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How healthy is your gut?


Have you ever thought that your food choices and lifestyle influences the population of bacteria in your body system, as well as your overall health status? Now it’s right about time to rethink the importance of a healthy gut.

What is your gut? Your gut is your intestinal tract and what goes on there plays an important role in your overall health and wellness. Poor digestive health can lead to mood disorders and other neurological and physiological disorders. Other than the gut being important to one’s mental and emotional health, gut digestion actually plays a key role in one’s natural immunity to diseases. The reason is this – the gut naturally isn’t sterile. It is an entire ecosystem of bacteria and yeast, some are beneficial while others are toxic. Around 100 billion bacteria cells are found present in the human body. Only 10% of the cells in the human body are human, the rest are microbial.

The totality of microorganisms that populate humans or other living beings can be called microbiome. Many different factors like eating more plant-based foods, eating less sugary foods and having an active lifestyle contribute to a healthy microbiome. Some factors can be influenced while others can’t. Each type of bacteria has a peculiar assignment to carry out in the proper functioning of the body system. Therefore, a wider bacterial diversity means there are more bacteria readily available to digest food and fight diseases or allergies. Our food choices and lifestyle greatly influence our bacteria population.


When your gut is unhealthy, it causes more than just stomach discomfort, gas, bloating, or diarrhoea because about 60 – 80% of our immune system is found in our gut and gut imbalances have been linked to hormonal imbalances, autoimmune diseases and other chronic health problems. Some signs of an unhealthy gut include: digestive issues like bloating, food sensitivities or allergies, anxiety, chronic fatigue, depression, irritability and mood swings, skin diseases like eczema, frequent Infections, poor memory and concentration, among others.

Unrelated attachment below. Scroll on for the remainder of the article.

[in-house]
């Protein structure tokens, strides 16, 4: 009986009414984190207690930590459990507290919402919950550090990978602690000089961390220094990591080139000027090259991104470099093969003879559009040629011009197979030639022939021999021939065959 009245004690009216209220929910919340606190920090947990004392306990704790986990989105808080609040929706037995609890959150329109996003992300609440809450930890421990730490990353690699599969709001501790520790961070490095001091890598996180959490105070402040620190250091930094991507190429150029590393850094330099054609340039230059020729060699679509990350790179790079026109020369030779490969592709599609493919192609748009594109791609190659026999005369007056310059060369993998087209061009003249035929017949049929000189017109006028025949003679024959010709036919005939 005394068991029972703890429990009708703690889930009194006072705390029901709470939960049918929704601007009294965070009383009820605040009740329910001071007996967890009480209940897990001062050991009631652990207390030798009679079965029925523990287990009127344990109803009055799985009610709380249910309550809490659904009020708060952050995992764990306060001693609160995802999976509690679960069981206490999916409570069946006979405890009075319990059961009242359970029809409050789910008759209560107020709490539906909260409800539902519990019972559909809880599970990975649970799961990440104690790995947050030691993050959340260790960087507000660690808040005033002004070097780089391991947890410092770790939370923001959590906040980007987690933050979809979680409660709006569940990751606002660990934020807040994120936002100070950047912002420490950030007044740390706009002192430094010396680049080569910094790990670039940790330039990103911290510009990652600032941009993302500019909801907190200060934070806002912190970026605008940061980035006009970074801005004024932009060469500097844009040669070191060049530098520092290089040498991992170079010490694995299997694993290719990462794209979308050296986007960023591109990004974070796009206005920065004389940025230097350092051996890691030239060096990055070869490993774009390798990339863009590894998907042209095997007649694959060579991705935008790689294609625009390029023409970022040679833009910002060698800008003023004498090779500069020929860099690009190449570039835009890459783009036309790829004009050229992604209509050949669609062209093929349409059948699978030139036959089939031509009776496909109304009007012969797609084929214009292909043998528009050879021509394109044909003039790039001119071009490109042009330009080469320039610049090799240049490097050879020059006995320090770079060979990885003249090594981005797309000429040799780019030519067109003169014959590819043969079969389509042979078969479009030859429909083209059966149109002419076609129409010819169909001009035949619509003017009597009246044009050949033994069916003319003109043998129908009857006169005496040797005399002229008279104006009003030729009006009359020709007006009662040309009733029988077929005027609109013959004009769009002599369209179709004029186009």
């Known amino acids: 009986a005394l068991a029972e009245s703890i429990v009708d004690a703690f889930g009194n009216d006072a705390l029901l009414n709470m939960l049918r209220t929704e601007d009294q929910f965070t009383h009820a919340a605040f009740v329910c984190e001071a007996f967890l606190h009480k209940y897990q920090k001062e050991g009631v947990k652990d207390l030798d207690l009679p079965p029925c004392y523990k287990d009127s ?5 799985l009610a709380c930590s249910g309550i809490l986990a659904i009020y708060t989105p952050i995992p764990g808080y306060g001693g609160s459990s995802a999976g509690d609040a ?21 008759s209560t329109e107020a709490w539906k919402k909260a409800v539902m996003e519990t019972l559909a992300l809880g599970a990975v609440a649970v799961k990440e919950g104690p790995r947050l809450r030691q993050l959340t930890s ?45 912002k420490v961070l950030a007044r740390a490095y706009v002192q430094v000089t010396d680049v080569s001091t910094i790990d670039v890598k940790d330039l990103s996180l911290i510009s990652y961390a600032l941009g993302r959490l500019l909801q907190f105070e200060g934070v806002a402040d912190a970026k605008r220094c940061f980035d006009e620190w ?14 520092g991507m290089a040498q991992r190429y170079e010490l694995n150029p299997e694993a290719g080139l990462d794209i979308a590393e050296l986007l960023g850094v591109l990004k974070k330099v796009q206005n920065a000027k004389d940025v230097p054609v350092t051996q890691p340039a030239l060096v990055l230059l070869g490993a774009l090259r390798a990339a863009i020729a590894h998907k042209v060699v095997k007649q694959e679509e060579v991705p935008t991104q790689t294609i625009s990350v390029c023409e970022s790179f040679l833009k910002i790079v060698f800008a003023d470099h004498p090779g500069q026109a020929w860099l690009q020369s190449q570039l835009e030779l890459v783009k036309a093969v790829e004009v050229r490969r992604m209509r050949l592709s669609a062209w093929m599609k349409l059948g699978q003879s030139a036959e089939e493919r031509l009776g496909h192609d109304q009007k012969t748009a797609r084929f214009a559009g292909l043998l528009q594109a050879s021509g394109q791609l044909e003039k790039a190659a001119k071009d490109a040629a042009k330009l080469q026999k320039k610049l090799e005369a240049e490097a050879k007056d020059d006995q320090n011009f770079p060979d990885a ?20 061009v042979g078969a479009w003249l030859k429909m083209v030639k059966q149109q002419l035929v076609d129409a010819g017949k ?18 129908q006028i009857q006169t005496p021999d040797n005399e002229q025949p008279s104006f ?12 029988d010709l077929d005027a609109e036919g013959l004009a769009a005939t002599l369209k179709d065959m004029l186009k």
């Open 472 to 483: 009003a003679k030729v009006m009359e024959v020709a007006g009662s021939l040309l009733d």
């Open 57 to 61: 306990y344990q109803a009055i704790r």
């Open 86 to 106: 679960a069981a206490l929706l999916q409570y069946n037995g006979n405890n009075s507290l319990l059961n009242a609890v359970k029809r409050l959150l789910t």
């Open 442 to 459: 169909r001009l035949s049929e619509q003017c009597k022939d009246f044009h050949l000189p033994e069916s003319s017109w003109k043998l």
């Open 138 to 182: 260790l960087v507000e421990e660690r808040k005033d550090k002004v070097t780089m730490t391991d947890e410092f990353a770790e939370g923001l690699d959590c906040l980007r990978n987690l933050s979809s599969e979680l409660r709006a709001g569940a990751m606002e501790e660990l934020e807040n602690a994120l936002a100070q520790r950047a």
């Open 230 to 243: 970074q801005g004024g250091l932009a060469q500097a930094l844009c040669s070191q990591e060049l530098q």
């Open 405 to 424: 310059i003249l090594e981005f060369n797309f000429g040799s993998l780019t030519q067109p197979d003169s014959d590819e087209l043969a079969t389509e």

How to keep your gut healthy
A healthy gut can be achieved by maintaining the right balance of bacteria thriving in your digestive tract. This can be done by observing the following:
Avoid high consumption of sugar and starches – Bad bacteria thrive well in the presence of sugar. Sugar is one of their best feed of choice. It is advisable to eat less of refined sugars like table sugar or not eat them at all. Also, reduce the intake of foods high in carbohydrate or starch. Better choices are moderate portion servings of brown rice, sweet potatoes, whole grains, legumes.

Staying active: Studies have shown that people who exercise regularly have a healthier microbiome than those who are not active. Therefore, it is important to make exercise one of your priorities. If you regularly expose yourself to nature, your body is in contact with a wider diversity of bacteria.


Eating the right balance of Omega-3 to Omega-6 fats: The intake of too much of Omega-6 fatty acids can lead to inflammation and increase digestive problems. Elimination of some seed-based yellow cooking oils (corn oil, soybean oil, vegetable oil, canola oil, etc.) from your diet will go a long way. Begin cooking with oils like coconut or olive oil. Food naturally rich in Omega-3 fats like wild-caught fish is also advisable.

Avoid trans fats: Staying away from food that contains trans fats cannot be overemphasized. It is considered by many doctors to be the worst type of fat one can consume. Compared to other dietary fats, trans fat raises the LDL (bad cholesterol) and lowers the HDL (good cholesterol)in the human body. A diet loaded with trans fats increases one’s risk of heart disease and this is the leading killer disease of men and women. Most trans fats are formed through an industrial process that adds hydrogen to vegetable oil, which causes the oil to become solid at room temperature. Some meat and dairy products also naturally contain small amounts of these trans fats. They are basically in all sorts of foods – fried food, certain baked products/snacks,

creamer, margarine, refrigerated dough and even those that may be labelled “trans-fat free.” Reducing the intake of trans fat to the minimum level possible, may mean you avoiding food that contain or are fried with partially-hydrogenated oils like the usual French fries at your local fast food/restaurant.
When our gut is happy, we are also happy!


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Healthy gut


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